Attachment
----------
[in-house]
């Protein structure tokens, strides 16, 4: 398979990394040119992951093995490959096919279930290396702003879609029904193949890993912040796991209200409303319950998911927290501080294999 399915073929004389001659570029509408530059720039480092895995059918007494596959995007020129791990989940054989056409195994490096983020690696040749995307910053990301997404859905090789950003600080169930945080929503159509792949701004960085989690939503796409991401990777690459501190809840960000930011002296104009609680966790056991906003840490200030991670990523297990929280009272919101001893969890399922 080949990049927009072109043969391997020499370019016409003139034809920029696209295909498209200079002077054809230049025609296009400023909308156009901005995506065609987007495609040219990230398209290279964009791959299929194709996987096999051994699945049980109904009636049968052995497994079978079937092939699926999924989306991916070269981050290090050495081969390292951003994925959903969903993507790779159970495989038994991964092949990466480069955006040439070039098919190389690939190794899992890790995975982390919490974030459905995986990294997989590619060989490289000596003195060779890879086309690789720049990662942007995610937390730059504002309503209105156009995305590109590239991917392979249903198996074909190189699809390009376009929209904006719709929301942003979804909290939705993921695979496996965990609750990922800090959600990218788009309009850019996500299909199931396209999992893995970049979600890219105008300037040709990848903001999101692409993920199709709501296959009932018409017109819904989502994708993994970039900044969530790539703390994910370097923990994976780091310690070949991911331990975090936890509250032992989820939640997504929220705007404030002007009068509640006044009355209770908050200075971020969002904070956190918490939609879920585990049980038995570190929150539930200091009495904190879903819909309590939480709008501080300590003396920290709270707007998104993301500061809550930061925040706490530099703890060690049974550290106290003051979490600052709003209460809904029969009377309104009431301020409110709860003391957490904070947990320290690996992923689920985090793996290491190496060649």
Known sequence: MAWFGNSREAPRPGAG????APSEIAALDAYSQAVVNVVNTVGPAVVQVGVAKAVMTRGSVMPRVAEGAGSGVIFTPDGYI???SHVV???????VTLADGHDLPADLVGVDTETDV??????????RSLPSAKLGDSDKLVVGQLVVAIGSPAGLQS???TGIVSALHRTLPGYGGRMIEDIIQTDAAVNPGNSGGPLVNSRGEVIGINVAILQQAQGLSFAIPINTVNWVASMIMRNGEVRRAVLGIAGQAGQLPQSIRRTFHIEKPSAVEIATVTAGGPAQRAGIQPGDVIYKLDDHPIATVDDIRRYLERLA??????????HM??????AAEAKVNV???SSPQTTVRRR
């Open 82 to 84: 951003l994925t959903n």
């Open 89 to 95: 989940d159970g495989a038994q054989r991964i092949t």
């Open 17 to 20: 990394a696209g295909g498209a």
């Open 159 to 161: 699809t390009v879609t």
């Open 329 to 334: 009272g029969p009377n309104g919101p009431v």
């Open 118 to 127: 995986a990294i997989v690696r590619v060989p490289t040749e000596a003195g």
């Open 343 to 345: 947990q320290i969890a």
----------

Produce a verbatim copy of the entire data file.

[in-house]
């Protein structure tokens, strides 16, 4: 398979990394040119992951093995490959096919279930290396702003879609029904193949890993912040796991209200409303319950998911927290501080294999 399915073929004389001659570029509408530059720039480092895995059918007494596959995007020129791990989940054989056409195994490096983020690696040749995307910053990301997404859905090789950003600080169930945080929503159509792949701004960085989690939503796409991401990777690459501190809840960000930011002296104009609680966790056991906003840490200030991670990523297990929280009272919101001893969890399922 080949990049927009072109043969391997020499370019016409003139034809920029696209295909498209200079002077054809230049025609296009400023909308156009901005995506065609987007495609040219990230398209290279964009791959299929194709996987096999051994699945049980109904009636049968052995497994079978079937092939699926999924989306991916070269981050290090050495081969390292951003994925959903969903993507790779159970495989038994991964092949990466480069955006040439070039098919190389690939190794899992890790995975982390919490974030459905995986990294997989590619060989490289000596003195060779890879086309690789720049990662942007995610937390730059504002309503209105156009995305590109590239991917392979249903198996074909190189699809390009376009929209904006719709929301942003979804909290939705993921695979496996965990609750990922800090959600990218788009309009850019996500299909199931396209999992893995970049979600890219105008300037040709990848903001999101692409993920199709709501296959009932018409017109819904989502994708993994970039900044969530790539703390994910370097923990994976780091310690070949991911331990975090936890509250032992989820939640997504929220705007404030002007009068509640006044009355209770908050200075971020969002904070956190918490939609879920585990049980038995570190929150539930200091009495904190879903819909309590939480709008501080300590003396920290709270707007998104993301500061809550930061925040706490530099703890060690049974550290106290003051979490600052709003209460809904029969009377309104009431301020409110709860003391957490904070947990320290690996992923689920985090793996290491190496060649």
Known sequence: MAWFGNSREAPRPGAG????APSEIAALDAYSQAVVNVVNTVGPAVVQVGVAKAVMTRGSVMPRVAEGAGSGVIFTPDGYI???SHVV???????VTLADGHDLPADLVGVDTETDV??????????RSLPSAKLGDSDKLVVGQLVVAIGSPAGLQS???TGIVSALHRTLPGYGGRMIEDIIQTDAAVNPGNSGGPLVNSRGEVIGINVAILQQAQGLSFAIPINTVNWVASMIMRNGEVRRAVLGIAGQAGQLPQSIRRTFHIEKPSAVEIATVTAGGPAQRAGIQPGDVIYKLDDHPIATVDDIRRYLERLA??????????HM??????AAEAKVNV???SSPQTTVRRR
């Open 82 to 84: 951003l994925t959903n």
């Open 89 to 95: 989940d159970g495989a038994q054989r991964i092949t």
């Open 17 to 20: 990394a696209g295909g498209a």
């Open 159 to 161: 699809t390009v879609t």
């Open 329 to 334: 009272g029969p009377n309104g919101p009431v």
């Open 118 to 127: 995986a990294i997989v690696r590619v060989p490289t040749e000596a003195g």
């Open 343 to 345: 947990q320290i969890a």